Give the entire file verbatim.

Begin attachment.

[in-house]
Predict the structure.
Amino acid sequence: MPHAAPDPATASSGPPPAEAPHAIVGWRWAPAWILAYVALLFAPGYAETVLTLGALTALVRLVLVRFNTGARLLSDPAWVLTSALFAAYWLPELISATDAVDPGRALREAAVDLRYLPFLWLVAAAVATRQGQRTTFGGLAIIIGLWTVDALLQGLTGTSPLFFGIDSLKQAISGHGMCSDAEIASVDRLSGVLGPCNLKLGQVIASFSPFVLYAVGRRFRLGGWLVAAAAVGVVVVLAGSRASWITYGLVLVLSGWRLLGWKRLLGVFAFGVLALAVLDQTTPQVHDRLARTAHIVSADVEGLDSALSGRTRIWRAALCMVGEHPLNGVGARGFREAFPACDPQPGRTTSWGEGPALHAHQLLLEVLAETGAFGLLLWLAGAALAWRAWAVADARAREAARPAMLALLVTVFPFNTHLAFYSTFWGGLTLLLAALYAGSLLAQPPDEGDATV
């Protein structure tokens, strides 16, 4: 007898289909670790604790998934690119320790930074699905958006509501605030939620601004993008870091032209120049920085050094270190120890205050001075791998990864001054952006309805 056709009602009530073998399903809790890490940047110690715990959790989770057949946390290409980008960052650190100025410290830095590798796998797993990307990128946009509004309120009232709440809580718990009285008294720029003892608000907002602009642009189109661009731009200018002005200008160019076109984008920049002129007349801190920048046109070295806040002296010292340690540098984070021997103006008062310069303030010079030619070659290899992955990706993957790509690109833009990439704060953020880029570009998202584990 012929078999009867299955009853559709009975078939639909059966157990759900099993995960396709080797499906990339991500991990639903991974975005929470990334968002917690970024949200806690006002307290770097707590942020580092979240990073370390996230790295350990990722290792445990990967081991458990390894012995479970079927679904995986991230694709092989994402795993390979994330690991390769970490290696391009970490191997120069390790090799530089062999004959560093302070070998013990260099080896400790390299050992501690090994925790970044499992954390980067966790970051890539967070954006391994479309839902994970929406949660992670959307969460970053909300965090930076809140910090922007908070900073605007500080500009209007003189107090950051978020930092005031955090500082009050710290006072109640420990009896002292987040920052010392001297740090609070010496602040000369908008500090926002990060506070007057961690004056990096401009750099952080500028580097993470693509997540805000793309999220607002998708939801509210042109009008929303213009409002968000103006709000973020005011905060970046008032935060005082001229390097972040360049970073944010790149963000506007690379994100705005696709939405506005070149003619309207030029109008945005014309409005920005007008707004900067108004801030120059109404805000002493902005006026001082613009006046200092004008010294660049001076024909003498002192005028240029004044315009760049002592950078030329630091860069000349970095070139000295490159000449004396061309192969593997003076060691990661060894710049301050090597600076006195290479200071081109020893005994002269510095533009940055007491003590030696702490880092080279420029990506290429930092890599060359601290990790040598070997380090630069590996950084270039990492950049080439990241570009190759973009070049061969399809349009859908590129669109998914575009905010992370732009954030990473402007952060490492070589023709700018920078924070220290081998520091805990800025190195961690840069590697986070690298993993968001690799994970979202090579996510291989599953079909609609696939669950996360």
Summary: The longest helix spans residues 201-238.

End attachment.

[in-house]
Predict the structure.
Amino acid sequence: MPHAAPDPATASSGPPPAEAPHAIVGWRWAPAWILAYVALLFAPGYAETVLTLGALTALVRLVLVRFNTGARLLSDPAWVLTSALFAAYWLPELISATDAVDPGRALREAAVDLRYLPFLWLVAAAVATRQGQRTTFGGLAIIIGLWTVDALLQGLTGTSPLFFGIDSLKQAISGHGMCSDAEIASVDRLSGVLGPCNLKLGQVIASFSPFVLYAVGRRFRLGGWLVAAAAVGVVVVLAGSRASWITYGLVLVLSGWRLLGWKRLLGVFAFGVLALAVLDQTTPQVHDRLARTAHIVSADVEGLDSALSGRTRIWRAALCMVGEHPLNGVGARGFREAFPACDPQPGRTTSWGEGPALHAHQLLLEVLAETGAFGLLLWLAGAALAWRAWAVADARAREAARPAMLALLVTVFPFNTHLAFYSTFWGGLTLLLAALYAGSLLAQPPDEGDATV
């Protein structure tokens, strides 16, 4: 007898289909670790604790998934690119320790930074699905958006509501605030939620601004993008870091032209120049920085050094270190120890205050001075791998990864001054952006309805 056709009602009530073998399903809790890490940047110690715990959790989770057949946390290409980008960052650190100025410290830095590798796998797993990307990128946009509004309120009232709440809580718990009285008294720029003892608000907002602009642009189109661009731009200018002005200008160019076109984008920049002129007349801190920048046109070295806040002296010292340690540098984070021997103006008062310069303030010079030619070659290899992955990706993957790509690109833009990439704060953020880029570009998202584990 012929078999009867299955009853559709009975078939639909059966157990759900099993995960396709080797499906990339991500991990639903991974975005929470990334968002917690970024949200806690006002307290770097707590942020580092979240990073370390996230790295350990990722290792445990990967081991458990390894012995479970079927679904995986991230694709092989994402795993390979994330690991390769970490290696391009970490191997120069390790090799530089062999004959560093302070070998013990260099080896400790390299050992501690090994925790970044499992954390980067966790970051890539967070954006391994479309839902994970929406949660992670959307969460970053909300965090930076809140910090922007908070900073605007500080500009209007003189107090950051978020930092005031955090500082009050710290006072109640420990009896002292987040920052010392001297740090609070010496602040000369908008500090926002990060506070007057961690004056990096401009750099952080500028580097993470693509997540805000793309999220607002998708939801509210042109009008929303213009409002968000103006709000973020005011905060970046008032935060005082001229390097972040360049970073944010790149963000506007690379994100705005696709939405506005070149003619309207030029109008945005014309409005920005007008707004900067108004801030120059109404805000002493902005006026001082613009006046200092004008010294660049001076024909003498002192005028240029004044315009760049002592950078030329630091860069000349970095070139000295490159000449004396061309192969593997003076060691990661060894710049301050090597600076006195290479200071081109020893005994002269510095533009940055007491003590030696702490880092080279420029990506290429930092890599060359601290990790040598070997380090630069590996950084270039990492950049080439990241570009190759973009070049061969399809349009859908590129669109998914575009905010992370732009954030990473402007952060490492070589023709700018920078924070220290081998520091805990800025190195961690840069590697986070690298993993968001690799994970979202090579996510291989599953079909609609696939669950996360």
Summary: The longest helix spans residues 201-238.